Notes on Girls Camp Programming- from Elisa Gutierrez
During the school year, students wake up, go to school, go to after school activities and sports, come home to do homework, eat dinner, and go to bed. The weekends, too, have become dictated by clubs and sport requirements. What has fallen to the wayside is unstructured play, outdoor exploration, multi-age play, and the opportunity for boredom (that begets creativity and imaginative play). This leads to the lack of opportunity for adolescents to self-select activities or make individual choices in their day to day lives. In my off season work as a grade school teacher, I have witnessed this increase in programmed schedules, which is why allowing for a variety of activities at camp that the girls select is so very important.
Whether it is archery, sailing, yoga, climbing wall, Workout Warriors or snorkeling using only the top rated full face snorkel mask, our campers are busy all day in a variety of programming. Programming–what makes up their day to day experience here at camp–is the core, I believe, of what makes camp what it is and what keeps campers coming back summer after summer. At Girls Camp, our mornings are filled with primarily rank-work classes while the afternoon is a mix of group games, camper-requested activities, or counselor created activities. Each girl’s morning schedule is created based on ranked preferences the girls indicate and are set for two weeks for either Monday-Wednesday-Friday or Tuesday-Thursday-Saturday. The girls sign up daily for their afternoon classes and the activities change for every sign up. Each evening our activity changes and is under the direction of a different counselor day after day.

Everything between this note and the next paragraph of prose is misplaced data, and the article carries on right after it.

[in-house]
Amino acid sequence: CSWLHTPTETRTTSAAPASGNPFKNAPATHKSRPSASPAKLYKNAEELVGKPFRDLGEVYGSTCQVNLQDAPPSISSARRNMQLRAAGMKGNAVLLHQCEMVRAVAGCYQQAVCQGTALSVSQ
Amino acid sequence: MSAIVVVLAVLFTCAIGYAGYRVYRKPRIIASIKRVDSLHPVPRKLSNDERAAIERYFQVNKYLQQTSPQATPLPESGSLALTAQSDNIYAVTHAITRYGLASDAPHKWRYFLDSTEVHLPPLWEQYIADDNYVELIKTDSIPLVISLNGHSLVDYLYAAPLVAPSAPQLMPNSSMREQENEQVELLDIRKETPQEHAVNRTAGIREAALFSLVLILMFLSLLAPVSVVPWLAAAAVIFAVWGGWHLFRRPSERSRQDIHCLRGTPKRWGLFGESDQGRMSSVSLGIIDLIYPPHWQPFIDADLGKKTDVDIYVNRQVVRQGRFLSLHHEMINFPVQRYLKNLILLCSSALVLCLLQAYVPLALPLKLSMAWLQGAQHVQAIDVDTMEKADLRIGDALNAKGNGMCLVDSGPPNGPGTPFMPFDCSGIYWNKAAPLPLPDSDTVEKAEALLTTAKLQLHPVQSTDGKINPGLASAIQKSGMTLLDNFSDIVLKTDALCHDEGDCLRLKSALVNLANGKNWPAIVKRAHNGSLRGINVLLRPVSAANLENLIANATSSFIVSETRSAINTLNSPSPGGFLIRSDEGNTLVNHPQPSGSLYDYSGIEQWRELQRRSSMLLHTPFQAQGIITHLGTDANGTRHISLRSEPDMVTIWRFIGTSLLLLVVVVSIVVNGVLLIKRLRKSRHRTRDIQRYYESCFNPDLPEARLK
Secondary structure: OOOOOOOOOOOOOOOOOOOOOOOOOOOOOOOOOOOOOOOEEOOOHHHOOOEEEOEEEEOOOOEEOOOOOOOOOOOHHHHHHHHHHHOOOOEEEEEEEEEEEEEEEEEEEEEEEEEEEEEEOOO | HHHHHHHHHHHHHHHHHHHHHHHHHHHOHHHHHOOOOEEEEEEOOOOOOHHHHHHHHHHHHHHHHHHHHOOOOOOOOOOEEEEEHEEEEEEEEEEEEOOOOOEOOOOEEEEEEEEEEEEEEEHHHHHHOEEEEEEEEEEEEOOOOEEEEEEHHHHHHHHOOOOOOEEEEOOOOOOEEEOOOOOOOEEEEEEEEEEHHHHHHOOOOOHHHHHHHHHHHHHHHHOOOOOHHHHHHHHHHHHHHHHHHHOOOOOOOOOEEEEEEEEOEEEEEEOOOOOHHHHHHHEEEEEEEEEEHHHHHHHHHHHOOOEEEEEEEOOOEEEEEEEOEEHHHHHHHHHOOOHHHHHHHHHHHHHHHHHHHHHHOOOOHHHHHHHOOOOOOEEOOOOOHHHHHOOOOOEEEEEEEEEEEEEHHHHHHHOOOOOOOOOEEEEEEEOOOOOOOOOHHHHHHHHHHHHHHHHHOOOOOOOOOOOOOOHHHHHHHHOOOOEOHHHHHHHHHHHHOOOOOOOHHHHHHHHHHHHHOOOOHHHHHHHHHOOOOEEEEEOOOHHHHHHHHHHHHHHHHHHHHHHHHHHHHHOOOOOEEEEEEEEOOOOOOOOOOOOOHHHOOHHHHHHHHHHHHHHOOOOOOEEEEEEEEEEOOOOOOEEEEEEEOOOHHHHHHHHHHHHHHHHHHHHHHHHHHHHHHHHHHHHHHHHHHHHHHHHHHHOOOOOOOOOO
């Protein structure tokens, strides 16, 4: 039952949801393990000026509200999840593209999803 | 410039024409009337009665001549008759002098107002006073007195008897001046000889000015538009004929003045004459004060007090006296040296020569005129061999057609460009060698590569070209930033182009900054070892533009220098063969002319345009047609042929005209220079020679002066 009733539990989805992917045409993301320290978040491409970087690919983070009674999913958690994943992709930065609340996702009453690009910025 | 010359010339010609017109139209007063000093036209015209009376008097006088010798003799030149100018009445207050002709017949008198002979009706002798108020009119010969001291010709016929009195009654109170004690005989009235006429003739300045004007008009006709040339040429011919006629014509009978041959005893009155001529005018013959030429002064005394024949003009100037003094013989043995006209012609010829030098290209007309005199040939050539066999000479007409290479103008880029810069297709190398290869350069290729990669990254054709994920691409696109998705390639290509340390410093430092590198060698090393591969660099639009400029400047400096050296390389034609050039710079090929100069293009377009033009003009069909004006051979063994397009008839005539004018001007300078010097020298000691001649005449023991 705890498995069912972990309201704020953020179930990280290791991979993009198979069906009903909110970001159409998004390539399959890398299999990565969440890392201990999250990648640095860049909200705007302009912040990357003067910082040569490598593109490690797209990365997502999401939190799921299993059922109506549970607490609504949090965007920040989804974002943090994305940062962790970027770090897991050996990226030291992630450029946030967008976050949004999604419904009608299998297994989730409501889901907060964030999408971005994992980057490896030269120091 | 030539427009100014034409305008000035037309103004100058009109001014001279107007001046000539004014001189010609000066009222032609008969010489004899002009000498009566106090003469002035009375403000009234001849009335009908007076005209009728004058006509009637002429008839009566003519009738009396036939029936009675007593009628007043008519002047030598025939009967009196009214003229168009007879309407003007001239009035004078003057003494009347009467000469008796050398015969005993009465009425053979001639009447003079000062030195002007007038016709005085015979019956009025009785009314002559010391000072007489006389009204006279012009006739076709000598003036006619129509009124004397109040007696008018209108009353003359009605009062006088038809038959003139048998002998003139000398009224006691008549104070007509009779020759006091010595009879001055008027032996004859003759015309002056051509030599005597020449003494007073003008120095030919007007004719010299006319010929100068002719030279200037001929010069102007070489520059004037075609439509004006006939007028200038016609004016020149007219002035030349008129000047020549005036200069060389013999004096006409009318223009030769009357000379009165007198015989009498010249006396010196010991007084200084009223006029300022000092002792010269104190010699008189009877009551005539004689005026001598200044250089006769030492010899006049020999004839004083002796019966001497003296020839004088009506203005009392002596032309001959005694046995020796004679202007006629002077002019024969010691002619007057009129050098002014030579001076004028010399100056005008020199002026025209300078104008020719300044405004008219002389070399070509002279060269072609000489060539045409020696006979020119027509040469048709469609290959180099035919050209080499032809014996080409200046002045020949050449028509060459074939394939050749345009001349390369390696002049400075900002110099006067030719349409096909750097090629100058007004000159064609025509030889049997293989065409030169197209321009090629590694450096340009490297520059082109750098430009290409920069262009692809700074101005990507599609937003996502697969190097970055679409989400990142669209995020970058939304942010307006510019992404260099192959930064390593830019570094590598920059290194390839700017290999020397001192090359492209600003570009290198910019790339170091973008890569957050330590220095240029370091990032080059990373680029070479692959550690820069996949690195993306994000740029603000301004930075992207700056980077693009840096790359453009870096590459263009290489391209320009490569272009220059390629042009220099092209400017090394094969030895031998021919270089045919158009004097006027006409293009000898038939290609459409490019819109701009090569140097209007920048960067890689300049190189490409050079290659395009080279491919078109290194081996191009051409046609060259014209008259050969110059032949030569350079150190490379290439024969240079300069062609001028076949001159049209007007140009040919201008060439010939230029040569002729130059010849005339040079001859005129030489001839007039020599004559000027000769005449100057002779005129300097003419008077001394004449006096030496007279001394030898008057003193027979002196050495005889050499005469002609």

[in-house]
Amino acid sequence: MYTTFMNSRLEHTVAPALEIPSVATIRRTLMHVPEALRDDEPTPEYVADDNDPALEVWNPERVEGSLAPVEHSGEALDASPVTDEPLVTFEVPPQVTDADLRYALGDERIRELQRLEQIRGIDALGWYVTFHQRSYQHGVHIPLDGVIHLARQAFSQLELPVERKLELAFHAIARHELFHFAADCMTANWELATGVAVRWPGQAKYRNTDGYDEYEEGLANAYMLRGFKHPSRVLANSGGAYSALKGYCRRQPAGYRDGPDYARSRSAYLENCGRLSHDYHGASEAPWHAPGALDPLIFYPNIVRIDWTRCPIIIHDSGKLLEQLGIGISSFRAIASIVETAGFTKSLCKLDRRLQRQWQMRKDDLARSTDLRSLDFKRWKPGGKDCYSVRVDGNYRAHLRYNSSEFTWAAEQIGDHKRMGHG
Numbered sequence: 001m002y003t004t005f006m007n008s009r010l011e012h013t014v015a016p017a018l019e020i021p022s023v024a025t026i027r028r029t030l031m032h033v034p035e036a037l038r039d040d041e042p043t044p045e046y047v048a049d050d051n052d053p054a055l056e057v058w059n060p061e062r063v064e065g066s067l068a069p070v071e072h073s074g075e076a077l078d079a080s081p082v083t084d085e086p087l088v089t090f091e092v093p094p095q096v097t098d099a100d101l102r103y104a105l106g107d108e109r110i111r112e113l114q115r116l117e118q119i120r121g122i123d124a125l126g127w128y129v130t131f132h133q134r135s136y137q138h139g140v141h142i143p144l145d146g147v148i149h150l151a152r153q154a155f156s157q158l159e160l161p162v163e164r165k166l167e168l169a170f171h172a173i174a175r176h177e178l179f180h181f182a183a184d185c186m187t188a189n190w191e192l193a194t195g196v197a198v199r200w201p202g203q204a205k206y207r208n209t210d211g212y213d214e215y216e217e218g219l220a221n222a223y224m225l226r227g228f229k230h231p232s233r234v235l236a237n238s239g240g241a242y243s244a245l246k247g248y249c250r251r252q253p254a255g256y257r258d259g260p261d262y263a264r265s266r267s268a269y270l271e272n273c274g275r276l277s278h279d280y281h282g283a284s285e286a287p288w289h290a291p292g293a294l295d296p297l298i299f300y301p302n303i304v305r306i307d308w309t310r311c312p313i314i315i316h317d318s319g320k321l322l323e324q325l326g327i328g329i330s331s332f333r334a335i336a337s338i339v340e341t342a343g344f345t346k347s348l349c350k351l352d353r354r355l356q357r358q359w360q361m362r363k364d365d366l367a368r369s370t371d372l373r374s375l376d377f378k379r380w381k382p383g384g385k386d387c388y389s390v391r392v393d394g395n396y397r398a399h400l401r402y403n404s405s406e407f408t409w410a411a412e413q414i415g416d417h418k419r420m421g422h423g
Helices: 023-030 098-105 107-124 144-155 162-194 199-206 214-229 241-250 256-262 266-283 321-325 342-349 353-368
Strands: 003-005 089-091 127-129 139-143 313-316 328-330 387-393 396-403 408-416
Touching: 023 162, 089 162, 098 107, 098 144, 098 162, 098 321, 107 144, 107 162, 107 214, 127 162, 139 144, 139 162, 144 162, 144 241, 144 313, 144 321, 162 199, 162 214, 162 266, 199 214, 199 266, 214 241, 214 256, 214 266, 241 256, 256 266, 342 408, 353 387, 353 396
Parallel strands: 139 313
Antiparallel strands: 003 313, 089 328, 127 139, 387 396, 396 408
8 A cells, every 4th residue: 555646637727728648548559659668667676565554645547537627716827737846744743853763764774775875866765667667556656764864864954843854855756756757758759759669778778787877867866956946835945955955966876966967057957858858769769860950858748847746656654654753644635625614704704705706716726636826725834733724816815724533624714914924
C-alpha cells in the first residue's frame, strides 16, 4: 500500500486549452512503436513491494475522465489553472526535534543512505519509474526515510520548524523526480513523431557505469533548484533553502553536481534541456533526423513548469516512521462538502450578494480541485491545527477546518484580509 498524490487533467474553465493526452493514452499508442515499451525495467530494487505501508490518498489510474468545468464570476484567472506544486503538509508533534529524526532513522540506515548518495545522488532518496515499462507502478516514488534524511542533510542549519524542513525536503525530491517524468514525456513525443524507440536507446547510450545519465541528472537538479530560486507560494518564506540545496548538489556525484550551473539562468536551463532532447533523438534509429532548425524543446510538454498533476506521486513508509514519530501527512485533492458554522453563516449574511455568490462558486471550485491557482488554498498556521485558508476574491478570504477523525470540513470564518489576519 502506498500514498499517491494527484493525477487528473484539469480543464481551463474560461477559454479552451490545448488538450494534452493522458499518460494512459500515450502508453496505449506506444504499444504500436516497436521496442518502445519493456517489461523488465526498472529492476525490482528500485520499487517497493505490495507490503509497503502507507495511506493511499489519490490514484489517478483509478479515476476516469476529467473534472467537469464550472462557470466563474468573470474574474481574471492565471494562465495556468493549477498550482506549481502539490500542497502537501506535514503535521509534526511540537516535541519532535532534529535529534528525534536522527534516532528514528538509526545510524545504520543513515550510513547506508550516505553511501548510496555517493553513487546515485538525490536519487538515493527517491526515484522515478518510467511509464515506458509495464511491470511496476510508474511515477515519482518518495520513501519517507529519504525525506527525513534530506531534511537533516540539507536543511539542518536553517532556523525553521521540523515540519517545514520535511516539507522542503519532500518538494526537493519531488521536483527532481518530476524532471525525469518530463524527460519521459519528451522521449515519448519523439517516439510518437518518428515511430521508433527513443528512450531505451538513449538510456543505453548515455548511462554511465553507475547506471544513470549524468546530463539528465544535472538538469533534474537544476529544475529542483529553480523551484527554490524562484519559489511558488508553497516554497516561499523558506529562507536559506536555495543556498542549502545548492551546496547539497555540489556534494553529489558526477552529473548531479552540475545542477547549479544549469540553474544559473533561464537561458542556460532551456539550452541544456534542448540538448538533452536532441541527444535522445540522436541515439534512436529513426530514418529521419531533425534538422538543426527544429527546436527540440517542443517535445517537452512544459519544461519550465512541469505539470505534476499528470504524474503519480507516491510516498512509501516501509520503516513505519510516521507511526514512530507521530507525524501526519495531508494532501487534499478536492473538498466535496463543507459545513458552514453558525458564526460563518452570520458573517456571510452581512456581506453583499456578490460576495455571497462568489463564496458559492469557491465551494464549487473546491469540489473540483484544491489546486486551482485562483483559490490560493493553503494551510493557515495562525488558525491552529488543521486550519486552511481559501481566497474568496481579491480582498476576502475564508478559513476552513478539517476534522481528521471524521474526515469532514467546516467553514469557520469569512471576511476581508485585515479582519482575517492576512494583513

Independent choice can be hard, but at camp we encourage girls to stick with the program choices they made, or didn’t make. Camp allows a safe space for girls to try new things and participate in activities they find most interesting, regardless of who else is in the class. This creates the opportunity for girls to spend time with girls they don’t know very well, girls of different ages, and girls with similar interests. Having ownership in one’s choices is necessary for kids to grow their independence and learn how to navigate making their own choice, which can be hard for those who have less experience in this.”
By allowing girls to make their own choices in programming, and having them stick with their choices, shows them that we as adults trust them and their decision-making. Camp does break away from the prescriptive experience that has become the norm during the school year, but I am so proud of the independence our girls have demonstrated this summer.
Girls Camp Program Director